|The whole fridge. Notice the PB&J on the top door shelf. This is the "USA food corner".|
1. Pasta: Four different kinds! All are "fresh", but from the supermarket (i.e., not "homemade"). Orecchiette (little ears... love this with pesto), Ravioli di zucca (pumpkin ravioli, fabulous with olive oil and grana padano cheese), tortellini di ricotta e spinaci (any tomato sauce will do), and trofie (little pasta twists... planning to have these with pesto, which, apparently, is a good instinct because trofie, like pesto, are from Genova). Wondering about the names of all those different pasta shapes?
The fridge also contains two pasta sauces: pesto fresco con basilico e pinoli (fresh pesto with basil and pine nuts -FYI the best basil comes from Genova; sometimes the sauce is called, "pesto alla genovese"), and suco pronto arribbiata (ready-made "angry" tomato sauce; it is really spicy!).
|Italian lessons from the pasta shelf (from left to right): orecchiette, ravioli di zucca, tortellini di spinaci e ricotta, pesto alla genovese, e trofie|
2. Formaggio (cheese): grated grana padano (my parents' favorite. Sadly, I wimped out and bought the pre-grated kind. This is probably a sin), stracchino cremoso (a uniquely Italian cheese, very soft, creamy, and delicious. It's great with the olives and grissini -see below), emmental (what we would call "swiss", sliced), and edamer ("edam", a mild, Dutch cheese, sliced).
4. Verdure (veggies): olive (olives... I eat them everyday), insalata di pomodoro e cetriolo (leftover tomato and cucumber salad), rucola (arrugula -I am addicted to it, even in the US), insalata mista (mixed salad greens), peperone giallo (yellow bell pepper), radicchio (red cabbage, typical of the Veneto region), spinaci (no translation needed; it's great sauteed with the radiccio in olive oil with garlic), carote (carrots), aglio (garlic), and zenzero (ginger root -I use it to make fresh ginger tea, love it). One veggie that is very popular here and also grows locally is finocchio (fennel). I bought a bulb once, but, just adding a little bit to a salad here and there, it was hard to eat all of it on my own. I will have to explore more ways to use it.
|Italian lessons from the produce drawer: (top) pera, radicchio, spinaci (bottom) zenzero, peperone giallo, e carote|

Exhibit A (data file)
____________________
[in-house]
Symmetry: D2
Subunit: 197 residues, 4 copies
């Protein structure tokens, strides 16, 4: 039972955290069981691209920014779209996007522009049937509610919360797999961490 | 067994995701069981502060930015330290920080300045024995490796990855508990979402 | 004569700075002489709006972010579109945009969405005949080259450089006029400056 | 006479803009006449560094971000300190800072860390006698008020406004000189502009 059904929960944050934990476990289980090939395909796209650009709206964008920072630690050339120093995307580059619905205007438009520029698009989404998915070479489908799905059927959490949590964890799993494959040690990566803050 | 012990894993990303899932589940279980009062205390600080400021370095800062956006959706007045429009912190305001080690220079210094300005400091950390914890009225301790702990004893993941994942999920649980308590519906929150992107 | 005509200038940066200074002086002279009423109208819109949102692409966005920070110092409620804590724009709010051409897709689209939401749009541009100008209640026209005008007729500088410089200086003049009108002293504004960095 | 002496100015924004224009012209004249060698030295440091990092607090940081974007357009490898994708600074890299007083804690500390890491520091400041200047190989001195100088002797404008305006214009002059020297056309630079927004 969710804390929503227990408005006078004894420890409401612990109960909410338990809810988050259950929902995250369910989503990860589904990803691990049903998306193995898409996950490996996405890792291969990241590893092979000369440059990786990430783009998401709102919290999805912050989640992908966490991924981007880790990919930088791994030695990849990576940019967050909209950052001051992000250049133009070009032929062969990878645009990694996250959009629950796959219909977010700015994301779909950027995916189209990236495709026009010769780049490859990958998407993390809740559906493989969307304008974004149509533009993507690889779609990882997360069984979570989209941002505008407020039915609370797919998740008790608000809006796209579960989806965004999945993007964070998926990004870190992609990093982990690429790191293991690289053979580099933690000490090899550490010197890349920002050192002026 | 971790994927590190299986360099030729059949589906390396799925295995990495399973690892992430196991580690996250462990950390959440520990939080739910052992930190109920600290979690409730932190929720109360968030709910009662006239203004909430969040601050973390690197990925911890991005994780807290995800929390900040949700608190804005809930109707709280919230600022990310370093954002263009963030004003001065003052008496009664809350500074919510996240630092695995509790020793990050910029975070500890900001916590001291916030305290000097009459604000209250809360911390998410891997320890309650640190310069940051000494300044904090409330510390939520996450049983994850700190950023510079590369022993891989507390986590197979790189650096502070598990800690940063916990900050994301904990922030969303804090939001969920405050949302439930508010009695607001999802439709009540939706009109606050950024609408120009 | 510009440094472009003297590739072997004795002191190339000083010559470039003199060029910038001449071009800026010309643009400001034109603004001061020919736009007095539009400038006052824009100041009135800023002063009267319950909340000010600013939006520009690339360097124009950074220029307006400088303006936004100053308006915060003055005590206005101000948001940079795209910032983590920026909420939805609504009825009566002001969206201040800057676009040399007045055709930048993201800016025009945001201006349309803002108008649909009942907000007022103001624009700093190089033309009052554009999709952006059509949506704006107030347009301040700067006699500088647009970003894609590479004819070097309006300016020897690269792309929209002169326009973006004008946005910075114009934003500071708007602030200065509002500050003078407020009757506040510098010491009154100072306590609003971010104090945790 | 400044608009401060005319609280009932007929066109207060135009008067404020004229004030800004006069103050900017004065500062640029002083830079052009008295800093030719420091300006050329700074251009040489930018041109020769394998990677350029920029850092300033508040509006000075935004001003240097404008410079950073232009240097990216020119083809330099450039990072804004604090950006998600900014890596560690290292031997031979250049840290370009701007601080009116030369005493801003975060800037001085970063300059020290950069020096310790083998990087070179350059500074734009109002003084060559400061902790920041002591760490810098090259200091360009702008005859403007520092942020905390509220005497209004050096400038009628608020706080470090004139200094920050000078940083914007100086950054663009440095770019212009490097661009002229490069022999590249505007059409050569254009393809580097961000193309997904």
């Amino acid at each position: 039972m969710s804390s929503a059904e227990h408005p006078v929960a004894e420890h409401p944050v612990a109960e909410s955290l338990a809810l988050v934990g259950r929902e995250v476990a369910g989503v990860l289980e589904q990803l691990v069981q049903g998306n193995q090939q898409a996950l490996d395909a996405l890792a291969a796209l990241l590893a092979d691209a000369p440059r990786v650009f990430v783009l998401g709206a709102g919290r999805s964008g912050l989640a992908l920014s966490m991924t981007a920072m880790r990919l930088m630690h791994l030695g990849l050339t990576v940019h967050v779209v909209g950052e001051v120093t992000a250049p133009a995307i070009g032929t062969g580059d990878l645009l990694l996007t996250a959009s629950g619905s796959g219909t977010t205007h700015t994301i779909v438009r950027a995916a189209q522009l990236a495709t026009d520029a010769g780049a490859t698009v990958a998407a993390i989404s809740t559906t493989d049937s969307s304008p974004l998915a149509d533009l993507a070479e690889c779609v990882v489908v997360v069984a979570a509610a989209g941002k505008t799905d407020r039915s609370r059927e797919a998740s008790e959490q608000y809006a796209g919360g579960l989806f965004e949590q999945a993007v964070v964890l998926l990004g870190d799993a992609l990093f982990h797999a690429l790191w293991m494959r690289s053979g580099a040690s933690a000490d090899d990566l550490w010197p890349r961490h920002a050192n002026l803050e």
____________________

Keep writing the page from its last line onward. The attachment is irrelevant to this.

5. Altre cose (other items): grissini (toasty-bread sticks that make an awesome snack with cheese and olives -much better than crackers), panne integrale (whole-grain bread, the same, dark, dense, thinly sliced German kind I buy in the US), latte biologico (organic milk -which, by the way, costs just a few cents more than non-organic milk), and PB&J (a gift from a visiting friend, and representative of the USA -no one eats peanut butter here).
Although this time I shopped at a supermarket, I love bringing home fresh veggies from the market in Piazza delle Erbe. Maybe you can tell, I don't eat out much. Most days I am lucky enough to go home for a late lunch, and I make pasta and salad. For dinner it's usually bread or grissini, cheese, olives, and sauteed veggies and/or salad. With all the great yogurt, cheese, and gelato (and no soy/almond milk to be found), I definitely eat more dairy products here.
What's not in the fridge? All the really yummy stuff! Biscotti (which means, in the general sense, "cookies". What we call biscotti in the US are actually "cantuccini" here), cioccolato (dare I translate?), Nutella (All the students around here have their names on stickers in the style of the Nutella logo. Wish I could get one, but I doubt I will find Robin unless I special-order it), mandorle (almonds), tè (tea -I know I am really missing out here in Italy, but I do not drink coffee!), and miele (honey).
|"A good morning with Nutella". Mmm…|